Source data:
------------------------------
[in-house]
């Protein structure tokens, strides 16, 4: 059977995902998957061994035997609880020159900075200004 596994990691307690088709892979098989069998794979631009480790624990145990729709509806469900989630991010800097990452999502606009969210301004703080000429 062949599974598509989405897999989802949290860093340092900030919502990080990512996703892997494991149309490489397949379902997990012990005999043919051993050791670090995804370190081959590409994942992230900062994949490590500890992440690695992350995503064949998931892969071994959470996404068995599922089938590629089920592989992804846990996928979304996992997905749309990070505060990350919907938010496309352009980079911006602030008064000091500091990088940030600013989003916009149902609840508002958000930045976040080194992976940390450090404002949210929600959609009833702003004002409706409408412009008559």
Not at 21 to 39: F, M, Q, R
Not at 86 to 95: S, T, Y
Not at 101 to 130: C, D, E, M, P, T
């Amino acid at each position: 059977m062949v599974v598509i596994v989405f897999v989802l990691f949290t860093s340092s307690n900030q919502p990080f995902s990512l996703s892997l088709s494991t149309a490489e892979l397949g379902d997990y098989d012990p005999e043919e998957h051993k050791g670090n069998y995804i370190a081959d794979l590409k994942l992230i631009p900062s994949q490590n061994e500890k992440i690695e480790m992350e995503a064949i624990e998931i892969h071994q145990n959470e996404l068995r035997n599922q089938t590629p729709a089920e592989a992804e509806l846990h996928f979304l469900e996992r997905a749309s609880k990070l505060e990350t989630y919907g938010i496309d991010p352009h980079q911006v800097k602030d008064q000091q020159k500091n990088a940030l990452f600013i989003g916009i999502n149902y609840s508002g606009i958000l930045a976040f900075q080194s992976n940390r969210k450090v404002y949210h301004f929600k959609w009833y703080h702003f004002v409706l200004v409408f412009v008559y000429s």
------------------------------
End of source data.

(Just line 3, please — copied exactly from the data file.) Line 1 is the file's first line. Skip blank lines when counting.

Not at 21 to 39: F, M, Q, R